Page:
An occasional roundup of what Bates folks are saying about this and that.

Ever Forward
Poet Nikki Giovanni, whose works have been illustrated by her friend Ashley Bryan.

“What we do is go forward. Everything else is yesterday. There’s nothing wrong with yesterday — we learn from yesterday, or hopefully we learn from yesterday.

“You go forward with our dreams and hope for human beings. We embrace tomorrow. That’s what we should do. Most people are afraid of tomorrow. Don’t be afraid!”

— The poet Nikki Giovanni, speaking on Zoom offering the opening lecture for the Museum of Art exhibition on the life and work of Ashley Bryan.


Remembering the Mayor

“He was the mayor of Lewiston and he was the mayor of Auburn. But he was absolutely the mayor of Bates College.”

— Bob Littlefield ’75, speaking to the weekly Bobcast and recalling the late John Jenkins ’74, his friend and teammate in football and track and field, who was widely known and loved during his students days and who also served as mayor of Lewiston and Auburn.

John Jenkins ’74 (left), photographed on the Garcelon Field grandstand by classmate Joe Gromelski ’74 during his student days.

“I felt a tremendous amount of pressure to succeed and to perform. It can overwhelm you. John Jenkins would help you put all of that in perspective. He helped me believe that friendships and relationships and how you handled winning and losing is what really mattered.”

— John Emerson ’73, recalling Jenkins’ friendship and impact.


For the Love of the Game

“We rarely have the time just to focus on field hockey as it is — really enjoy the sport in a very different way. Our team is doing a good job of taking that mindset and not getting caught up in, ‘I wish we were playing.’ We’ve had a lot of fun working on our skills in a way that’s entirely different because you don’t have somebody to beat tomorrow.”

— Head field hockey coach Dani Ryder Kogut, speaking to the weekly Bobcast about one unexpected benefit of a season without games.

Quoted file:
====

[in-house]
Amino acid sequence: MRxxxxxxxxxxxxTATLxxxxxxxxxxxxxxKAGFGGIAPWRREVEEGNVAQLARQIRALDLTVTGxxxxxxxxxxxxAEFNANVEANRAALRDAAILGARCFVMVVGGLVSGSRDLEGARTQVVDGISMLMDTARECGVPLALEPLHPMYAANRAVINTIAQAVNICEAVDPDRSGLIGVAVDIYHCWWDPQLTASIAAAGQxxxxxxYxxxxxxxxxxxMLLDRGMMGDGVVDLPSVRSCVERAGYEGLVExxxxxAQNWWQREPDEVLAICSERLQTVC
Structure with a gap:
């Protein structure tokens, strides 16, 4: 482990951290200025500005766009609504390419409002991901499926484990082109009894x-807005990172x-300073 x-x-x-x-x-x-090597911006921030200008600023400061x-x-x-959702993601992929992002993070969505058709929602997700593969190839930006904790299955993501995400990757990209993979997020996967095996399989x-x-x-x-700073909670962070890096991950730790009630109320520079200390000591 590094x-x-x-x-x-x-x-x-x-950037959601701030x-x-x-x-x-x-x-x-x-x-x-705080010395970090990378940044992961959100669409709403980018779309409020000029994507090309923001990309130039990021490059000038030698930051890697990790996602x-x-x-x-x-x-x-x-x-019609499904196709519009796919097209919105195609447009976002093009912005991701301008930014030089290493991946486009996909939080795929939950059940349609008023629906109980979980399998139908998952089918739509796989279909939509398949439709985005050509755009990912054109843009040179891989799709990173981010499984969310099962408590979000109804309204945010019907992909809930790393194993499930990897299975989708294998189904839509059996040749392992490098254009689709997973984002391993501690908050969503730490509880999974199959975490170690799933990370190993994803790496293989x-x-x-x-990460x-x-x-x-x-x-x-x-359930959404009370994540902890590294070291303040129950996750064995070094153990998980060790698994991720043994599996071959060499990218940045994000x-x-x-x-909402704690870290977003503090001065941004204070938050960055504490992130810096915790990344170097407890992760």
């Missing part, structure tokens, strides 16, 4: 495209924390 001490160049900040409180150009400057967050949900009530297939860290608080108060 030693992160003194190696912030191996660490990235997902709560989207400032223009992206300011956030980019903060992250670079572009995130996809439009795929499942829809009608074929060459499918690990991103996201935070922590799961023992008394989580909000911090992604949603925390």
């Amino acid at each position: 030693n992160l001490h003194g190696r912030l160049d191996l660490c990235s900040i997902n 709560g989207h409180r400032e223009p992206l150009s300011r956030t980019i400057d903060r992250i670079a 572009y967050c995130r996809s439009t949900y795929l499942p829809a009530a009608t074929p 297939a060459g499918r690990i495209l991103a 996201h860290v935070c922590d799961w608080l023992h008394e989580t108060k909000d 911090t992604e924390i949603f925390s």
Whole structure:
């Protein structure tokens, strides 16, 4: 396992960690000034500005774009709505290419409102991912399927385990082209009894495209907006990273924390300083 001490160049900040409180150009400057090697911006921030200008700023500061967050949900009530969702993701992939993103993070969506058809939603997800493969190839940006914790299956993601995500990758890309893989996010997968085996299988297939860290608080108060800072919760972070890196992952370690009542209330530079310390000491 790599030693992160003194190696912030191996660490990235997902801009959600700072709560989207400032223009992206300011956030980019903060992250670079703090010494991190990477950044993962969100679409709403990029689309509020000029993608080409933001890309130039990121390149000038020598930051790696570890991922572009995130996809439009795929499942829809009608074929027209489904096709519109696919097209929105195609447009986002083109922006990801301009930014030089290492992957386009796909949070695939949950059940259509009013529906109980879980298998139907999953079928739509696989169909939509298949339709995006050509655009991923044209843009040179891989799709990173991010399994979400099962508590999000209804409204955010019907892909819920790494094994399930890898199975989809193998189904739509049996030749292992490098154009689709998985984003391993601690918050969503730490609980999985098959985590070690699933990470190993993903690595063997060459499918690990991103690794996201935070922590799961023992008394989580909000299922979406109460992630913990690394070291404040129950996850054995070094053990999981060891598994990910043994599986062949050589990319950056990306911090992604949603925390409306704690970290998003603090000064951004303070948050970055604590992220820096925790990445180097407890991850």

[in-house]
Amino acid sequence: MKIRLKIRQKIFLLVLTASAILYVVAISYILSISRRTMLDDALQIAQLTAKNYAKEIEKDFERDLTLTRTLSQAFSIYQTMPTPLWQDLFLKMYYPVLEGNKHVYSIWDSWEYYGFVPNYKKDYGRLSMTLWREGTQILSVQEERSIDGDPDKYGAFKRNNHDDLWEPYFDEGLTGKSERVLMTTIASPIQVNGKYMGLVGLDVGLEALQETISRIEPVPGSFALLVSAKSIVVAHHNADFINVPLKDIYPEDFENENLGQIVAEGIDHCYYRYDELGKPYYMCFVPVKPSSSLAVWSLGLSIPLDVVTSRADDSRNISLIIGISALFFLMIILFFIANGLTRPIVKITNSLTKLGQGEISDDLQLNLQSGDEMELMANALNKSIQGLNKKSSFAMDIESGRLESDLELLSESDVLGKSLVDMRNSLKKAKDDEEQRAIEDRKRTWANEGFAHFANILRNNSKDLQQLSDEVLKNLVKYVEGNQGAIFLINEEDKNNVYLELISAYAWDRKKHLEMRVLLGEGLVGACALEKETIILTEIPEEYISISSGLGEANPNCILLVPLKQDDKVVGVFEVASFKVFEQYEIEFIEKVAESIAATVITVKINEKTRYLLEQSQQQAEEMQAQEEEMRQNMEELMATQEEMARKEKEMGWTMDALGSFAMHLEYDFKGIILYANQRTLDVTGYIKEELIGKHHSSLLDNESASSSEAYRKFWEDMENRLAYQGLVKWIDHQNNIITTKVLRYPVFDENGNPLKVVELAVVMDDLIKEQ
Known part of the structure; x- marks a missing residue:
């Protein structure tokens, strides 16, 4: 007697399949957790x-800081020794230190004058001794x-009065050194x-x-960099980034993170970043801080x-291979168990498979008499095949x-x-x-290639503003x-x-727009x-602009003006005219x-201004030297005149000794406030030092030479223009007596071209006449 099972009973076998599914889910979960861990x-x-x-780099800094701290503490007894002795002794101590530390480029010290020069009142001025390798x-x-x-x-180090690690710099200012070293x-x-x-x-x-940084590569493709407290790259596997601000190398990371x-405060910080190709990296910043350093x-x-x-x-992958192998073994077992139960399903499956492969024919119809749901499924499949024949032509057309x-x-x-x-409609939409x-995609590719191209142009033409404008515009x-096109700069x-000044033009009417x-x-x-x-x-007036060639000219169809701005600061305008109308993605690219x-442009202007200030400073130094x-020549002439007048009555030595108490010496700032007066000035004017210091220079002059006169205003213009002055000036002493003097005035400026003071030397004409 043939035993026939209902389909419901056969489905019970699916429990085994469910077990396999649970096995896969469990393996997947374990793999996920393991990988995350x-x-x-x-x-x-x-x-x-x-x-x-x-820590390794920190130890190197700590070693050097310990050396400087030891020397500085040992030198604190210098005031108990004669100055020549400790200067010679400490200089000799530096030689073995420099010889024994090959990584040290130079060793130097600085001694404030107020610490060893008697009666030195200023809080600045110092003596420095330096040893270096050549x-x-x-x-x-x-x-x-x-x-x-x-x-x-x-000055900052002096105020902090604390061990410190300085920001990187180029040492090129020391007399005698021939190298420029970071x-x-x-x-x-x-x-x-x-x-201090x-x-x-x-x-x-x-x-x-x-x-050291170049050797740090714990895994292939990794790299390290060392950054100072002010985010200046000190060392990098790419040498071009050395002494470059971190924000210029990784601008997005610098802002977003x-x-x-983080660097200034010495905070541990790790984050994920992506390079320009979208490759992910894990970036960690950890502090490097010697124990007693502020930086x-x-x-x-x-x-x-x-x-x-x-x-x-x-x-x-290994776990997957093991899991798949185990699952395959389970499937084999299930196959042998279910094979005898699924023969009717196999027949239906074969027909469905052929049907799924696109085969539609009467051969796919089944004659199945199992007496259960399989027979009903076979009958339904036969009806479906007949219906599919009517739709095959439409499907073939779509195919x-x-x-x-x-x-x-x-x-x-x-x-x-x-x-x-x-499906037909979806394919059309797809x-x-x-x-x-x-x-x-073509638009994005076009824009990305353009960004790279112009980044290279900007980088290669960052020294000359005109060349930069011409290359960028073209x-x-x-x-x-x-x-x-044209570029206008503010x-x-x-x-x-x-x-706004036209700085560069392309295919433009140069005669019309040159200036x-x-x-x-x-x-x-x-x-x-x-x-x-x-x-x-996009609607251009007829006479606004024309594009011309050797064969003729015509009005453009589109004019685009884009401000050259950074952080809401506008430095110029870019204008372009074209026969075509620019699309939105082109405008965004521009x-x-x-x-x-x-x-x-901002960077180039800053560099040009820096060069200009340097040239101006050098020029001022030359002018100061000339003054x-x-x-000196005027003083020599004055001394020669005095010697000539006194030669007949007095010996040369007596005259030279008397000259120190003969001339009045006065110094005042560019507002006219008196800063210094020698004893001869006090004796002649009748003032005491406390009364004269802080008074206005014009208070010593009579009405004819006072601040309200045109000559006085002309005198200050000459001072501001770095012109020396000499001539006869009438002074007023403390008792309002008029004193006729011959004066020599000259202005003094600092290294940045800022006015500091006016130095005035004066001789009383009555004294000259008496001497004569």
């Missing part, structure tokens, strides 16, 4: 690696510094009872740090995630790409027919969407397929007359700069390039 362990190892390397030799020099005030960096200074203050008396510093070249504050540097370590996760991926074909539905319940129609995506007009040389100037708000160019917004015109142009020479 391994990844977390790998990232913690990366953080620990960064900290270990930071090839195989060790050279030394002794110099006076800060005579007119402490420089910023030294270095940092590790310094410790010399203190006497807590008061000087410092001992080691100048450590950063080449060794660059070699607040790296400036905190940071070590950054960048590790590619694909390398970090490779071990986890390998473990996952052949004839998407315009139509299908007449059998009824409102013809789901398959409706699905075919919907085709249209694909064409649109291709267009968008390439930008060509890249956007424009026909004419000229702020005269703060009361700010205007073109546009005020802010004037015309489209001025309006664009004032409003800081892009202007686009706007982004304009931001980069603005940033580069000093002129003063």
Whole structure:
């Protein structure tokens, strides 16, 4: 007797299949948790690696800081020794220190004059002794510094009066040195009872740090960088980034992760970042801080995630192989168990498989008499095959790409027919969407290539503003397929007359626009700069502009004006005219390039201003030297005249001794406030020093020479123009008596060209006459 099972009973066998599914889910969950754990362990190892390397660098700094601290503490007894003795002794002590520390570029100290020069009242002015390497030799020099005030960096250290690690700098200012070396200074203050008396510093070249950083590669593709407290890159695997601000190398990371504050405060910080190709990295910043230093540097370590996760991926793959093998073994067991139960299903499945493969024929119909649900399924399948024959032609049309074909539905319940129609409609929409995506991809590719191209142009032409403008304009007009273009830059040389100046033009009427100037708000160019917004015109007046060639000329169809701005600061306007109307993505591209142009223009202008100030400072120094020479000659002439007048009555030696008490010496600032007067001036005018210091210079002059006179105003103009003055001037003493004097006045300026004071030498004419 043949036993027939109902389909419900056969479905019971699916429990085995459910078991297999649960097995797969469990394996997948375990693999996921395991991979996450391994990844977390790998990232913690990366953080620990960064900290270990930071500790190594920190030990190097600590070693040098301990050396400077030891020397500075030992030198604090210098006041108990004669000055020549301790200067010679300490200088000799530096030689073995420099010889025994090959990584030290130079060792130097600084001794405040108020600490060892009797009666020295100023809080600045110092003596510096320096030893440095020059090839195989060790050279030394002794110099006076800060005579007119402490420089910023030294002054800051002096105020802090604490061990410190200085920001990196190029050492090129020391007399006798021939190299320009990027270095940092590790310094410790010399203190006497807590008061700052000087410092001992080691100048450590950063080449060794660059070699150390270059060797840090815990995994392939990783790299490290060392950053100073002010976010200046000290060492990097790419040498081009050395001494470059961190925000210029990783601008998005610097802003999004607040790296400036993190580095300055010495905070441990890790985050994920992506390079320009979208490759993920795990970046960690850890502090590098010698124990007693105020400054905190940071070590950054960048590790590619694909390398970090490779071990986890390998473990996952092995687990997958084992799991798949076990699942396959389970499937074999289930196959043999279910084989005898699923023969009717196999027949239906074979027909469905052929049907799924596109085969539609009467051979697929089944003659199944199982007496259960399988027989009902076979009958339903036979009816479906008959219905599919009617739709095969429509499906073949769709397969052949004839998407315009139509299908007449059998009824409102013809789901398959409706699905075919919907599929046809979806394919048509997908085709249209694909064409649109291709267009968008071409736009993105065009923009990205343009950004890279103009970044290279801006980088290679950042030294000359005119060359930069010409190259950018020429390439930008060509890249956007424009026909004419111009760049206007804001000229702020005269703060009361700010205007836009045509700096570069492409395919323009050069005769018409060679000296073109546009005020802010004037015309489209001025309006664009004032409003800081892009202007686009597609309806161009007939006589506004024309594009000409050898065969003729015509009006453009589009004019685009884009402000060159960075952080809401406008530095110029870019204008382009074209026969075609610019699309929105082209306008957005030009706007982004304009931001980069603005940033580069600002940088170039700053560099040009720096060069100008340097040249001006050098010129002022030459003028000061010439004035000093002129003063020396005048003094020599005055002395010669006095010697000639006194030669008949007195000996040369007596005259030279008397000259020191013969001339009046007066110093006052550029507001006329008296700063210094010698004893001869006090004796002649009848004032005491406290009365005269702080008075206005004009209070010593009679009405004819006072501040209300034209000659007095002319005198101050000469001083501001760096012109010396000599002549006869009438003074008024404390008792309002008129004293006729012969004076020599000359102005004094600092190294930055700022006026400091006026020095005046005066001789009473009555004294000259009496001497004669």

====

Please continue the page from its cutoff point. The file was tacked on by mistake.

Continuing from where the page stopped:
Wise Service

“I treasure the fact that young men and women I taught have joined the military and have taken some of their Bates conversations and readings into lives that have no doubt demanded great wisdom and complicated decisions.” 

— Clark Griffith Professor of Environmental Studies Jane Costlow, speaking at the dedication of the Veterans Plaza on Oct. 9.

Veterans Plaza images including inscriptions.
Nick Gonzalez ’24 of Chappaqua, N.Y., sits at Veterans Plaza on Oct. 15, 2020. The plaza’s focal object, seen here, is one of two elements that define the space. Its inscription reads, “This space honors the service and sacrifice of Bates veterans.” (Jay Burns/Bates College)

The More Things Change

It’s about relationship building. It’s about taking care of yourself: staying fresh, mentally sharp, and getting your grades in order, and all of those sorts of things. Much has changed but some things must stay the same.

— Head coach of men’s soccer Tyler Sheikh, speaking to the weekly Bobcast about what doesn’t change during a season without games.

The men's soccer team, meanwhile, geared up for the season with its own new head coach, Tyler Sheikh, most recently head coach at Knox College in Illinois.
Men’s soccer head coach Tyler Sheikh works with his team in 2018. (Phyllis Graber Jensen/Bates College)
Thank You

As an institution, we owe a debt of gratitude to them for carrying forward a student experience at a time when it’s harder than ever.